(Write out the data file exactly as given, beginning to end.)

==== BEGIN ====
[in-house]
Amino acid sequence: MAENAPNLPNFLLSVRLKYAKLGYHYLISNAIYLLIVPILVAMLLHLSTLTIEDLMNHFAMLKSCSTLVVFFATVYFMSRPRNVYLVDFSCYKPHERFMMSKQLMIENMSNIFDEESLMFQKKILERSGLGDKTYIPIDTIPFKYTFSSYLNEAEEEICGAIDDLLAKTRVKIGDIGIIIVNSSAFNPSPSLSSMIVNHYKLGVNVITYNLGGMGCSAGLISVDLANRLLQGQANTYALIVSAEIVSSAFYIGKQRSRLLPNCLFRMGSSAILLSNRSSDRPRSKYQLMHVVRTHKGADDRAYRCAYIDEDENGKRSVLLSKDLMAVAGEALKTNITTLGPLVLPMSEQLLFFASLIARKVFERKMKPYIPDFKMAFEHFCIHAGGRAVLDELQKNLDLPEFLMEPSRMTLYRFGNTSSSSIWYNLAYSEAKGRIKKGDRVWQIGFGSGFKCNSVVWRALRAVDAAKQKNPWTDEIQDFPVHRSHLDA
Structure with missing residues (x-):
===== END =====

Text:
[in-house]
Amino acid sequence: MAENAPNLPNFLLSVRLKYAKLGYHYLISNAIYLLIVPILVAMLLHLSTLTIEDLMNHFAMLKSCSTLVVFFATVYFMSRPRNVYLVDFSCYKPHERFMMSKQLMIENMSNIFDEESLMFQKKILERSGLGDKTYIPIDTIPFKYTFSSYLNEAEEEICGAIDDLLAKTRVKIGDIGIIIVNSSAFNPSPSLSSMIVNHYKLGVNVITYNLGGMGCSAGLISVDLANRLLQGQANTYALIVSAEIVSSAFYIGKQRSRLLPNCLFRMGSSAILLSNRSSDRPRSKYQLMHVVRTHKGADDRAYRCAYIDEDENGKRSVLLSKDLMAVAGEALKTNITTLGPLVLPMSEQLLFFASLIARKVFERKMKPYIPDFKMAFEHFCIHAGGRAVLDELQKNLDLPEFLMEPSRMTLYRFGNTSSSSIWYNLAYSEAKGRIKKGDRVWQIGFGSGFKCNSVVWRALRAVDAAKQKNPWTDEIQDFPVHRSHLDA
Structure with missing residues (x-):